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Lives of the Trees: An Uncommon History

Monday, January 28, 2013

Lives of the Trees: An Uncommon History (2010) Diana Wells

Lives of the TreesWell. That only took about six months to read. Maybe more.

That’s not to say it wasn’t interesting, and that I didn’t learn lots of fascinating stuff. But it was very good bedtime reading.

I have to say, one of the things I’ve come to love about the kindle, that I never even thought I’d use, is the highlighting. I can make highlights and write notes about them, which is very useful when I remember something later, and want easily find it. (OK, a the search function is also good for this, but sometimes I don’t remember things in a searchable manner.)

The point being, I highlighted lots of fascinating bits in this book. Like, “The words ‘tree’ and ‘truth’ share the original Old English word root, treow.” How could I note make note of that–and then share it?

Or that “(i)n Thailand spiritually unpredictable trees could not be transplanted into ordinary gardens because their unknown wild forces were feared.”

Or consider this bit about apples:

To ensure the same apple as the parent, the tree as to be grated. The Etruscans practiced grafting, although not all cultures accepted the technique. The Jewish religion forbade it, but the Christian church encouraged grafting…Meddling with God’s design by hybridization, though, was the subject of theological debate in Britain until almost the nineteenth century.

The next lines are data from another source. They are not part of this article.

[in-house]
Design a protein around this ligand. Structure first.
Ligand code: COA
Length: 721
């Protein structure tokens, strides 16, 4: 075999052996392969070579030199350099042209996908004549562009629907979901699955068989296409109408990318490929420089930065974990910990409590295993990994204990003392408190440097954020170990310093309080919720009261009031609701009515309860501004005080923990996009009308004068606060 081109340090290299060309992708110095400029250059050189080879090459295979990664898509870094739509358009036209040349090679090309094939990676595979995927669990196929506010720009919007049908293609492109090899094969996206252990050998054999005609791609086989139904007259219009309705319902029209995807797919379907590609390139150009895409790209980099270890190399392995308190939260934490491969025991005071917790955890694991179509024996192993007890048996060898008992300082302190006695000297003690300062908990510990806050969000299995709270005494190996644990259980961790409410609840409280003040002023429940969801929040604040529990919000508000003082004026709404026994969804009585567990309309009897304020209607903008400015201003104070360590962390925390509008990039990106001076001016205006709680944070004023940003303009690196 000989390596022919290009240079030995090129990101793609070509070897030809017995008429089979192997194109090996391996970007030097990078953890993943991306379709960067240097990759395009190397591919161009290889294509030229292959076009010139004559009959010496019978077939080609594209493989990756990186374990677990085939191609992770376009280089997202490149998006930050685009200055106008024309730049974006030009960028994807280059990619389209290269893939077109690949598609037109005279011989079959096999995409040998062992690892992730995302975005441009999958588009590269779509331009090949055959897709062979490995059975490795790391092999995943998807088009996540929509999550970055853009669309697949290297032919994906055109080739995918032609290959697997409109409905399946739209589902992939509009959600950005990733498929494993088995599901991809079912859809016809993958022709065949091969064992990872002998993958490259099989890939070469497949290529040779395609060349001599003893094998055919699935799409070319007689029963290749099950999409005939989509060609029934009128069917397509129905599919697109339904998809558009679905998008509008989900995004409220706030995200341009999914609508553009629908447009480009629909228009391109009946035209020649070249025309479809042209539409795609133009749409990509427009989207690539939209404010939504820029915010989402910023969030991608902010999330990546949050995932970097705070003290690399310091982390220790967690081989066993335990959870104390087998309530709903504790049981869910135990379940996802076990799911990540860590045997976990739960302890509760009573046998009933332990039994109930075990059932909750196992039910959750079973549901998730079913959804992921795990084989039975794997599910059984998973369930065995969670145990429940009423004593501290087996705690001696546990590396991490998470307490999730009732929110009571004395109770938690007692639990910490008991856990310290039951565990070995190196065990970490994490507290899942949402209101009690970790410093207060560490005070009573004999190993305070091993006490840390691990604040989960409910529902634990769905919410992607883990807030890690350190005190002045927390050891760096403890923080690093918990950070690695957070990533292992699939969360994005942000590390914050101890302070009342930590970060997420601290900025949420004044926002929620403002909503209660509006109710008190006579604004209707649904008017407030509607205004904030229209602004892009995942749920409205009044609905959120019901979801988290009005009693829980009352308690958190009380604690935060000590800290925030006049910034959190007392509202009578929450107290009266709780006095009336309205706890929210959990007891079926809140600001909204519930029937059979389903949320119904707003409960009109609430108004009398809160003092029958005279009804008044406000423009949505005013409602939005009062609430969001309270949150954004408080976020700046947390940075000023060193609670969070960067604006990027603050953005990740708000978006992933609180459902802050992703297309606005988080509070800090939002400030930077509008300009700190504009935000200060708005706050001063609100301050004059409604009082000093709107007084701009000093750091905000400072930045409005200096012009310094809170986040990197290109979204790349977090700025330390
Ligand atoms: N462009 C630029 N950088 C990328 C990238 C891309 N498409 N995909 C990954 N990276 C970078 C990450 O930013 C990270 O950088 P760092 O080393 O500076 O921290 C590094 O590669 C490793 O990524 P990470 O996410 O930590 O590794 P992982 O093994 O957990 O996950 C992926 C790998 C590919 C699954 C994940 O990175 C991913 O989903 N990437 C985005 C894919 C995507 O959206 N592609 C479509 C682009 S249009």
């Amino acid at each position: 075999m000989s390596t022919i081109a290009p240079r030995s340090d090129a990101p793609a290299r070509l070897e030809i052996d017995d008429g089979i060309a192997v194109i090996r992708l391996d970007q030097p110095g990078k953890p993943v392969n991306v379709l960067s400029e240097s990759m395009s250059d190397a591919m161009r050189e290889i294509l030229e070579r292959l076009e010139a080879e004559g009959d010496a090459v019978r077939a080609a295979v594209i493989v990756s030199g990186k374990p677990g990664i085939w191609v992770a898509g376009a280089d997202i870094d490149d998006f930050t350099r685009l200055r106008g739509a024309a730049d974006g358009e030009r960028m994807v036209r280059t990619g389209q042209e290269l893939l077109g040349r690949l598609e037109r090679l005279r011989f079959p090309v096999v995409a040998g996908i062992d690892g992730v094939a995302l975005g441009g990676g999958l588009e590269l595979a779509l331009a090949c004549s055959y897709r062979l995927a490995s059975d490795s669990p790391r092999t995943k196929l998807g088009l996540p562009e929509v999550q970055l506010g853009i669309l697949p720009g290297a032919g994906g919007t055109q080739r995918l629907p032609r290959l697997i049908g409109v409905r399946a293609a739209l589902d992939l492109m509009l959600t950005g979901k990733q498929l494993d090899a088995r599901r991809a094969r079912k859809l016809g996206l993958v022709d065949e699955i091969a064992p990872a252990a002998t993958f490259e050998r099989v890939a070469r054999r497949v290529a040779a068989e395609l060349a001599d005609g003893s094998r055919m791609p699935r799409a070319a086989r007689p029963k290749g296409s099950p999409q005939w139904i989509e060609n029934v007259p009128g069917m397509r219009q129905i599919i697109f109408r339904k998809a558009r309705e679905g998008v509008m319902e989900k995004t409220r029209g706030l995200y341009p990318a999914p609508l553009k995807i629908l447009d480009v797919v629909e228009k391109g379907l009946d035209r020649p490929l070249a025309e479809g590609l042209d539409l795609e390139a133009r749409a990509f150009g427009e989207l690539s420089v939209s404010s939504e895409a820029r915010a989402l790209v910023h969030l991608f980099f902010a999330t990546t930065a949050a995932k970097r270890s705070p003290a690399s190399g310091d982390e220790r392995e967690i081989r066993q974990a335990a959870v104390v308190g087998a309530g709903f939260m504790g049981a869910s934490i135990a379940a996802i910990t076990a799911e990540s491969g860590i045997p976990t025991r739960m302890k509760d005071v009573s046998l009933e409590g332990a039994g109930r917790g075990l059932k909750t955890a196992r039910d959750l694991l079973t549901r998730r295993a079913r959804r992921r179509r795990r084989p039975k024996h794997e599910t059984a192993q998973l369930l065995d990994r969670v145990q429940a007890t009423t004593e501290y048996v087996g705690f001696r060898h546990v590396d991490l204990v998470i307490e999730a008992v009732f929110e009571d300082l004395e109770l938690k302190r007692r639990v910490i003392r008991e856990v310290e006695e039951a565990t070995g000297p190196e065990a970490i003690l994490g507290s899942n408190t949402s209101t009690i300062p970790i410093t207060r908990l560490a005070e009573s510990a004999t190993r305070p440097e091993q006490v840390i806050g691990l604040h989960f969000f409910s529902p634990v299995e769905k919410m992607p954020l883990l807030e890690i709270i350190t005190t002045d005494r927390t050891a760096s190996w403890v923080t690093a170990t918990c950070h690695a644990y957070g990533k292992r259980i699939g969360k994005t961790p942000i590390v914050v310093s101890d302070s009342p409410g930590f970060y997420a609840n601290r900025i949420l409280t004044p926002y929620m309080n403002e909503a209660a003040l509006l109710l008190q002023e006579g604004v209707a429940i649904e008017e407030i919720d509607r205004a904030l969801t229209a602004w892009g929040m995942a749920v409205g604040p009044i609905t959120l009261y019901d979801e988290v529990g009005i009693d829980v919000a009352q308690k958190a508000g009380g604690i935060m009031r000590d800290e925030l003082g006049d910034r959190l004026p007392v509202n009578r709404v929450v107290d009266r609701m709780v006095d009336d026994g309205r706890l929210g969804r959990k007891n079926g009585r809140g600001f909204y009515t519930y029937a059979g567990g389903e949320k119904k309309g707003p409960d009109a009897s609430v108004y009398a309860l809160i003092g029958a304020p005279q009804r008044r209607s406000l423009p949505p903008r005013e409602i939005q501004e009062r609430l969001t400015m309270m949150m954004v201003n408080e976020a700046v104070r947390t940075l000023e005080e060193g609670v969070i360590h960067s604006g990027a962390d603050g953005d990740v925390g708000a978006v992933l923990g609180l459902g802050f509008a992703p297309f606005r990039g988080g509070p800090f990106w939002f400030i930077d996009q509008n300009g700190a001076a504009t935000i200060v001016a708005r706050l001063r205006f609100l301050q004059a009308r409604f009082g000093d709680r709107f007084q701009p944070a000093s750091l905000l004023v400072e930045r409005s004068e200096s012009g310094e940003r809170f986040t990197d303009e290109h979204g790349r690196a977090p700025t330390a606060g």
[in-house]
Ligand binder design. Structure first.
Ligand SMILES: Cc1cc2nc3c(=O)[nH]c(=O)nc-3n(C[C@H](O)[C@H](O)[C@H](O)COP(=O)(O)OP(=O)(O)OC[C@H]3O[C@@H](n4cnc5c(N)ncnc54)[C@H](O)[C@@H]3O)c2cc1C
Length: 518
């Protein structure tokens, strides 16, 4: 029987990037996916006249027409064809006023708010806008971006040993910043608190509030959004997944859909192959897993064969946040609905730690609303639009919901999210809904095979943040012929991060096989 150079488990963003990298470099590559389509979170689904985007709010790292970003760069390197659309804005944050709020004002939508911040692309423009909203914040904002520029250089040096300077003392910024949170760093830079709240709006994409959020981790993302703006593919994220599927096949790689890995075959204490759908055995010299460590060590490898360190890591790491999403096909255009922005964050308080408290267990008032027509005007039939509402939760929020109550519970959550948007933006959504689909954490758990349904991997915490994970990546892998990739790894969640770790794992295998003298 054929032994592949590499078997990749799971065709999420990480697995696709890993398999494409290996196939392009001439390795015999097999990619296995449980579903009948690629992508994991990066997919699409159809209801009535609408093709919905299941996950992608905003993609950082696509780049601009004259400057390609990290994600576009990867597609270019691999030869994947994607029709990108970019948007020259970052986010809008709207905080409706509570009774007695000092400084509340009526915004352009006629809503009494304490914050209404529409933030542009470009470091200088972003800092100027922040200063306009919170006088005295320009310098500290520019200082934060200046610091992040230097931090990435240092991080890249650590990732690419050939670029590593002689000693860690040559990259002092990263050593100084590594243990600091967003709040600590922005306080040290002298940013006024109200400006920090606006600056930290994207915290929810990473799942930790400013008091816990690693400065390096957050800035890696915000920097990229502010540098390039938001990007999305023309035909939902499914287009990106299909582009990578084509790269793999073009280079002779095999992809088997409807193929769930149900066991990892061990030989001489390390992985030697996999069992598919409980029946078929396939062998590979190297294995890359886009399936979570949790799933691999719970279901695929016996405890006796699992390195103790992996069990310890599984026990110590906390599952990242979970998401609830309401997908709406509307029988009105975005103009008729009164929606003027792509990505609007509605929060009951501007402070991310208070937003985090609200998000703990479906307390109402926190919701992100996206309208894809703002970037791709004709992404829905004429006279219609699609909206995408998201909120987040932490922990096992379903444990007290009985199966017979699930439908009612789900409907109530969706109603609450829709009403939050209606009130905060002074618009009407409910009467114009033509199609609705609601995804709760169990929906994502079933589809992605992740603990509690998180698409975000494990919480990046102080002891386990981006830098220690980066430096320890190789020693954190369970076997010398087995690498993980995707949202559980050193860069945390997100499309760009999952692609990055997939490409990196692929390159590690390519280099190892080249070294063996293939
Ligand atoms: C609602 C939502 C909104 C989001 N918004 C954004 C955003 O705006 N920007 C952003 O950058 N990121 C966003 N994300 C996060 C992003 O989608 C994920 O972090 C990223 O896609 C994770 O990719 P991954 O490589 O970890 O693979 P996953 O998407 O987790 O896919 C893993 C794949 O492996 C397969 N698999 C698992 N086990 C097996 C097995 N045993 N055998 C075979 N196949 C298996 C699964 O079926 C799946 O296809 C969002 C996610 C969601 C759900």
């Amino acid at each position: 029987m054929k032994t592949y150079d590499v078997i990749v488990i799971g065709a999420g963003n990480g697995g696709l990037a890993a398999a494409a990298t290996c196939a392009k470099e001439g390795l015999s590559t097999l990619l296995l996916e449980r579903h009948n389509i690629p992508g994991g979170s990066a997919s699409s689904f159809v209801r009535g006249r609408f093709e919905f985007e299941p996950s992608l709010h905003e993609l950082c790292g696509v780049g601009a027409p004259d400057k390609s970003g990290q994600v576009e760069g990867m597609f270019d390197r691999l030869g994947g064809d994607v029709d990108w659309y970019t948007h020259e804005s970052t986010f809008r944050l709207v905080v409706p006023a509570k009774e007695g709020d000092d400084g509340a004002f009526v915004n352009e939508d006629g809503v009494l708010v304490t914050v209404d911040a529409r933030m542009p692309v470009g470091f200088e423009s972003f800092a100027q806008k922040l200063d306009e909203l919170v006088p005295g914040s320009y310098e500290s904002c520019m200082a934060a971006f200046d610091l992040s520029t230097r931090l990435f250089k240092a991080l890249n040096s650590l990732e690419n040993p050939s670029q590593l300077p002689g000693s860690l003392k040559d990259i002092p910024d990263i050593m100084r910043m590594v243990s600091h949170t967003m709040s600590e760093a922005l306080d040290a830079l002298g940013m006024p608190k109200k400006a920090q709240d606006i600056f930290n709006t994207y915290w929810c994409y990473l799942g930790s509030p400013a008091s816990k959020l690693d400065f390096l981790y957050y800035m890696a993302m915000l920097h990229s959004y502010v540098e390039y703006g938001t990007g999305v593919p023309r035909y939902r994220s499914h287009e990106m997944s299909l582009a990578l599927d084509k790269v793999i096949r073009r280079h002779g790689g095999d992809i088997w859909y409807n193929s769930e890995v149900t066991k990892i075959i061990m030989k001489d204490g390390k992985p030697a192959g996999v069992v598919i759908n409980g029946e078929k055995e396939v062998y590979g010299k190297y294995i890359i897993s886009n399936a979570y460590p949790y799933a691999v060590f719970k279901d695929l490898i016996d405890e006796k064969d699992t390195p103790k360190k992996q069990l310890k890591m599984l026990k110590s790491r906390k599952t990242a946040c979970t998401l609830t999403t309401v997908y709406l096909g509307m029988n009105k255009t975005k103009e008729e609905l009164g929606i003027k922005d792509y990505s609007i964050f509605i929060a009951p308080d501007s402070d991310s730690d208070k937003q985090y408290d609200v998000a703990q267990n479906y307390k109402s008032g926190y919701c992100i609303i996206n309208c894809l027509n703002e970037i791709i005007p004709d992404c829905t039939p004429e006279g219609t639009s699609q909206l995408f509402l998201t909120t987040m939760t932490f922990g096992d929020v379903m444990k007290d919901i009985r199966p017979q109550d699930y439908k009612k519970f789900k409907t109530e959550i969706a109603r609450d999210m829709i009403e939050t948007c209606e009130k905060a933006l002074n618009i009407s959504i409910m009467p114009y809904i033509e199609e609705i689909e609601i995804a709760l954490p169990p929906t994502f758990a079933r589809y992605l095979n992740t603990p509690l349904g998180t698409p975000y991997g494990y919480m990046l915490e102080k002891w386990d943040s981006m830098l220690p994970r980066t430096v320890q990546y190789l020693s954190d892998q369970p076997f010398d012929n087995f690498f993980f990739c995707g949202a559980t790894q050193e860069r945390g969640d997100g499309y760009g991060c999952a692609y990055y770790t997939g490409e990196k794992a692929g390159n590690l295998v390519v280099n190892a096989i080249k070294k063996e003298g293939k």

Hybridized trees weren’t kosher? And Britain’s issues with hybridization echoes the current arguments over GMOs.

And more religious bits:

Jews, Christians, and Muslims considered the likelihood that the banana was the Tree of Knowledge described in Genesis… The shape of the fruit was suggestive of carnal knowledge.

That makes a whole lot more sense to me, anyway.

In 1523, a Spanish missionary Father Petrus de Angleria pointed out (cacao) was a good kind of money, “which permits no speculation, since it cannot be kept very long.”

I know many people who would be traumatized if these rules hadn’t changed:

(C)offee drinking was banned at different times both in the East and West by Muslims and Christians. At one time in Constantinople, illicit coffee drinkers could be punished by being sewn into a sack and tossed into the sea.

Important to know, for the coming zombie apocolypse:

(M)ost churchyards included roan trees, planted to prevent the dead from rising out of their graves.

Wonder if their effective as a barrier.

Of course, there are also amusing historical tidbits.

Kalm wrote…(a)t first he thought he was immune to sumac allergy. After experimentally rubbing himself with the sape, he found this was note to be so, and wrote that he did not have “any desire” to repeat the experiment.

And martial bits.

Confederate troops were sometimes called butternuts because their uniforms were dyed with them.

Walnut wood, once cured, is very stable, and it was particularly prized for making gunstocks…Before World War I the German kaiser stockpiled American black walnut wood for equipping his army with guns.

The British thought poorly of American oaks until the USS Constitution (affectionately called Old Ironsides by American sailors) proved otherwise. Constructing that impregnable ship required fifteen hundred American oaks, but at that time there were still plenty left to supply the new nation’s navy.

All in all, I found it full of lots of fascinating tidbits.
Rating: 7/10

Published by Algonquin Books


Categories: History, Non-Fiction, Science & Nature


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